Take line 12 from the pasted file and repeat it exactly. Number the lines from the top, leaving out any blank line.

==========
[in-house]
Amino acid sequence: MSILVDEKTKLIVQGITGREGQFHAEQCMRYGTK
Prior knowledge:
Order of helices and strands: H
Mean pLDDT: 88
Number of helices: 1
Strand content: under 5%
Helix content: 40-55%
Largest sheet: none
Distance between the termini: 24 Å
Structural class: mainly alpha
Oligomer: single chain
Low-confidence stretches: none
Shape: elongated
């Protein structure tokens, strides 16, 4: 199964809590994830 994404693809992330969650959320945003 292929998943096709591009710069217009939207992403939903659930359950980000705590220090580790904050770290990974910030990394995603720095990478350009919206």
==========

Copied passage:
Oligomer: single chain